It’s a shame though as it may not be representative at all. Look at Red Faction running on Onlive and it looks completely poo. Dirt 2 also seemed to have framerate issues. I’m still very excited by the service though. I hope they can get the resolution working nicely by the time it launches in the UK. I would love to be able to rent games like Arkham Asylum, I generally play them through over a weekend and never touch them again so that really, really appeals to me.

    • Archonsod says:

      “Steam doesn’t let you own the game either, and that’s no problem.”

      That’s because should anything happen to Steam, I still have the local copy of the games which I can still use via one of the numerous Steam emulators.

    • malkav11 says:

      Steam lets you mod your damn games.

    • Robin says:

      I smell a plant.

      @thebigJ_A: There is a MASSIVE difference between purchasing a game by digital download and renting access to it on a server that may or may not be accessible at any given moment.

      To recap:

      Looks like crap, controls like crap, hogs bandwidth, needs constant connection, extremely fragile, no modding or configurability, tiny catalogue, endless misinformation about capabilities. And on top of all that, hardware and game prices are so low now that the idea of buying time on a remote powerful machine is laughable.

      There is a place for playing games remotely (demos, as Gaikai are doing, and simple latency-tolerant games for set top boxes). OnLive reminds me of late 19th-early 20th C. advertising, where whatever the salesman was selling (tobacco, magnetism, sugar water) would be given a lengthy list of dubious applications. Doomed.

    • Dances to Podcasts says:

      I don’t like being shocked. Literally.

  18. Adam says:

    I’ve had OnLive since the beta, and while I didn’t expect this to be the case, it actually works. When they first released it had some definite issues (dropping a connection in the middle of a game without an autosave, didn’t work on wifi, etc), but they have addressed most of these. It REALLY does let you play any of the games on their line-up instantly without installing. I’ve actually found it most useful for demo-ing games, because it’s really easy to just try the game out without having to download a 2 gig demo. My main problem with it is the games do NOT run on full settings — not even close, actually. It seems that part of the point of doing this was to run games on high settings, even while playing with shitty hardware. I’ve never cared that much about great graphics as long as the game itself is good, so this certainly isn’t a dealbreaker. Just an annoyance. Another nice thing is that they have kept on giving me free coupons for various reasons, so I still haven’t actually paid for anything yet :D

  19. Doc7 says:

    I’ve also had OnLive since the beta. Have to say that it works but doesn’t quite live up to its billing. Kinda along the lines of what Adam said, the games do NOT run at high detail. Indeed teh games have a pretty visible med/med-low grade quality to them. The service was billed as being able to run the highest detail settings on any machine so long as you had a decent internet connection. However, you get stuck with some pretty low-level graphics settings and some noticable lag when the graphics get intense.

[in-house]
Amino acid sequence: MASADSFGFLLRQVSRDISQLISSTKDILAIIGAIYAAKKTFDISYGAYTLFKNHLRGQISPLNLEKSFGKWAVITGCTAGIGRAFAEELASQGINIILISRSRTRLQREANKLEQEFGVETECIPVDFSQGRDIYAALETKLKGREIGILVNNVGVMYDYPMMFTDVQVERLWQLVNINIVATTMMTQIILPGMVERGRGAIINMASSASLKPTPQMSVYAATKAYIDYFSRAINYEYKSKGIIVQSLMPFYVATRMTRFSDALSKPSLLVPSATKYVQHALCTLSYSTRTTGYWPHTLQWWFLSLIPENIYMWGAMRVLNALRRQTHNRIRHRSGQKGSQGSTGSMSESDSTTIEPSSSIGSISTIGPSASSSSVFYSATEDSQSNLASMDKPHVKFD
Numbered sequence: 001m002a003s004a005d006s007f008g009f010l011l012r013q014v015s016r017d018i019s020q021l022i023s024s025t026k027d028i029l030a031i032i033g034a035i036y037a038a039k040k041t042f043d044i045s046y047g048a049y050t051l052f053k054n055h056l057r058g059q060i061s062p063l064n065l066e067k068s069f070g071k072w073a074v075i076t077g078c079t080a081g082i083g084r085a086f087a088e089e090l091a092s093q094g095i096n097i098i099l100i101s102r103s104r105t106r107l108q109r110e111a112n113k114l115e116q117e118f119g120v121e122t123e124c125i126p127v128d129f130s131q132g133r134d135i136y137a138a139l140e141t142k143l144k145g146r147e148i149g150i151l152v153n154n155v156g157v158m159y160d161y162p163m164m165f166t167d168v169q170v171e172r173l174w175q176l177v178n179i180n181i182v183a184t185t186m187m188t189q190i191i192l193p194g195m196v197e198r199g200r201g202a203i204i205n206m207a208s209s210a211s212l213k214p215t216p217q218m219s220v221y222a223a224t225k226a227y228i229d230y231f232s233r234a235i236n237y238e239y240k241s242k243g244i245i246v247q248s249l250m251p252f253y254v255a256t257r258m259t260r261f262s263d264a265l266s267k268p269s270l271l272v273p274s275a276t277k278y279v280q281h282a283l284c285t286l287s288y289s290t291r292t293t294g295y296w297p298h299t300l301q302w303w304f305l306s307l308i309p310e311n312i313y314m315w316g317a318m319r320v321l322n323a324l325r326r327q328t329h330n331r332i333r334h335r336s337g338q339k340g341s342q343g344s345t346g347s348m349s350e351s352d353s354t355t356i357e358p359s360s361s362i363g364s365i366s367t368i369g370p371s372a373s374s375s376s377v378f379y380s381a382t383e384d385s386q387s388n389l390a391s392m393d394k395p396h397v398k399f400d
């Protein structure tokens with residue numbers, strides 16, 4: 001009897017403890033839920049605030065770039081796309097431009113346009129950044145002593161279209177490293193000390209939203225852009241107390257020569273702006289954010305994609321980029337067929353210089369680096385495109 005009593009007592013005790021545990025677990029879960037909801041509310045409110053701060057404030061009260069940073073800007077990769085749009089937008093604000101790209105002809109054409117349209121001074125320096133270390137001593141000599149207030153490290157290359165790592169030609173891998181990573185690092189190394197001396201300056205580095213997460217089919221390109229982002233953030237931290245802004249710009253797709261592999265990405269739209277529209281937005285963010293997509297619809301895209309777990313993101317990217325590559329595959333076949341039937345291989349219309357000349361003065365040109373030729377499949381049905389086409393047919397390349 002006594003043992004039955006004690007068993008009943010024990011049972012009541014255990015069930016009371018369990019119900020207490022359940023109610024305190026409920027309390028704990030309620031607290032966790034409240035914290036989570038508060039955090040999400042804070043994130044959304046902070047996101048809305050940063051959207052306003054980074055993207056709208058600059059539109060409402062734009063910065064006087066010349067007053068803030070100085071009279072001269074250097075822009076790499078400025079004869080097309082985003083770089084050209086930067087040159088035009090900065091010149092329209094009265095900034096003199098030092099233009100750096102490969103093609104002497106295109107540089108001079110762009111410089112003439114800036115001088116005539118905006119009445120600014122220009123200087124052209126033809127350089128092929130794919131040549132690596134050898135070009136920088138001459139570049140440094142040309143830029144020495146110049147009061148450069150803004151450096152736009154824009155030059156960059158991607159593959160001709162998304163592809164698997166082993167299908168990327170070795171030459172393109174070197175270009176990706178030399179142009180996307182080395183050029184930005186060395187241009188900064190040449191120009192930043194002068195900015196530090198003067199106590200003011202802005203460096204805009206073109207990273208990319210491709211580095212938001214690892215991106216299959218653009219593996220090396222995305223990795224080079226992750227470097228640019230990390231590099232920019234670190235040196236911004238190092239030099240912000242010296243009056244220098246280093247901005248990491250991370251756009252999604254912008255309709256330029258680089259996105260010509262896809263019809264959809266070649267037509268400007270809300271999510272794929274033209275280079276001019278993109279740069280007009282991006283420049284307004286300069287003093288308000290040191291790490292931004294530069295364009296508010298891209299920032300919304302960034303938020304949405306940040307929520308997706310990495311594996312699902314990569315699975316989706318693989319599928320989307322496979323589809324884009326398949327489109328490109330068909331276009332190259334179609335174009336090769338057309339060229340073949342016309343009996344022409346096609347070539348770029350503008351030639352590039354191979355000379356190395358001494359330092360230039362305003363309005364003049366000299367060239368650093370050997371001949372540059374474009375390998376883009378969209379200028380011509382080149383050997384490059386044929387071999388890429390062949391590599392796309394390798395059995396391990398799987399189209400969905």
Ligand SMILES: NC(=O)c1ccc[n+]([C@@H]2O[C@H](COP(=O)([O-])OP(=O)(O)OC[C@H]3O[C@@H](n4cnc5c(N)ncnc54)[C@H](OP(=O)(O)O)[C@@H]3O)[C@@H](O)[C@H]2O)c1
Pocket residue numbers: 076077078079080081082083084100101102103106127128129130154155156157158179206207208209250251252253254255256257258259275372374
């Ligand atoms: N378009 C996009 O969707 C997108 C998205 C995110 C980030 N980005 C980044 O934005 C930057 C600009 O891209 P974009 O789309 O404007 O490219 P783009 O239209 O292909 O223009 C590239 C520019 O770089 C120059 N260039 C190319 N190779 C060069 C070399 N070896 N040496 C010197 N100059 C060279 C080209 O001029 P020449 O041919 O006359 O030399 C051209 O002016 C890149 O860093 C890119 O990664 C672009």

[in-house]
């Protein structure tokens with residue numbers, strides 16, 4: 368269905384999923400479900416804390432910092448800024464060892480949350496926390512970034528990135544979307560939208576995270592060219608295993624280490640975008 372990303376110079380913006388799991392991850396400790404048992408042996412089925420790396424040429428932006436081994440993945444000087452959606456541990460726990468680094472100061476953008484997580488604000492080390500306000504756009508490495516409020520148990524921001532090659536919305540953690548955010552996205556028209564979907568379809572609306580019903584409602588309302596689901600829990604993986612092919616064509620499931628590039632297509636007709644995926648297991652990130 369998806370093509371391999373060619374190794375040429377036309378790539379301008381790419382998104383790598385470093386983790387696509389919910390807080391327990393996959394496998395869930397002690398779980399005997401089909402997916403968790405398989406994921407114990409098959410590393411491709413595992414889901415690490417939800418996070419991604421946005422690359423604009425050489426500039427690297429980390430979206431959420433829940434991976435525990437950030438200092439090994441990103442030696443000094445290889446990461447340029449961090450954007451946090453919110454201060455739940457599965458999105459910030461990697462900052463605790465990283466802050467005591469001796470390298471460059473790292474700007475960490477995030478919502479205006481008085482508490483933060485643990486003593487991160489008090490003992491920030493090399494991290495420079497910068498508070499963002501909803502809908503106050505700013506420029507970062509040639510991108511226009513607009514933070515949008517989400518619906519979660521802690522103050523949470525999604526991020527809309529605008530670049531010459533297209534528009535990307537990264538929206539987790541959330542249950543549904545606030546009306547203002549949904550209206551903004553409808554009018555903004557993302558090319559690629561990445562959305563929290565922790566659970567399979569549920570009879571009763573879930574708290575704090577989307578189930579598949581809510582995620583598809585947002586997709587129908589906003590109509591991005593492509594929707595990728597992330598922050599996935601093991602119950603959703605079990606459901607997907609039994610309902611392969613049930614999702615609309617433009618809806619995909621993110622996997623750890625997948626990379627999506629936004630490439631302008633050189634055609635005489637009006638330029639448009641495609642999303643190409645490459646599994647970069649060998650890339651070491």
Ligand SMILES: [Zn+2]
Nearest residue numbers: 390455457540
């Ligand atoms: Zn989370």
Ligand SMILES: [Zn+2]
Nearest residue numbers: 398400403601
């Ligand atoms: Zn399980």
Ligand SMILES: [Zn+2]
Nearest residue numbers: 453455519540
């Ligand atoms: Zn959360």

in short, it delivers a game as played on a budget level system.

  20. Axess Denyd says:

    I thought it sounded like a decent idea at first, then I got into the beta.

    I can only use it very early in the morning due to bandwidth limits (in theory, I have a 7mb connection, but it’s cable and I live in a big apartment complex, so…

    I only ever actually ran it one time. Then I discovered that you can’t buy games with it. You get a long term rental of a game on Onlive, usually for more money than I pay to buy one on Steam.

    I thought it might be useful for gaming on the netbook when I’m away from my desktop…but the only resolution it supports is “720P”…even more points away from them for listing a TC resolution for a computer program.

    All told, it isn’t usable most of the time on my connection, and when it is usable, I find it to be a horrible deal. I’ll stick with Steam for all my game purchases.

  21. spork says:

    This type of service will not be viable until the “new” internet is widespread and in everybody’s homes. By “new internet”, I mean “The Grid” being run by CERN. 10,000 times faster than broadband. When that is available, I will totally try out a cloud based, streaming game service.

    Until then? Steam all the way, baby!

    • Tei says:

      Actually the grid is a new way to use the internet. Saying The Grid is the internet is like saying The World Wide Web is the internet.

  22. irongamer says:

    I was in beta. I don’t know if it was my connection but I could feel from a tiny bit to quite noticeable bit of lag or delay playing non FPS style games.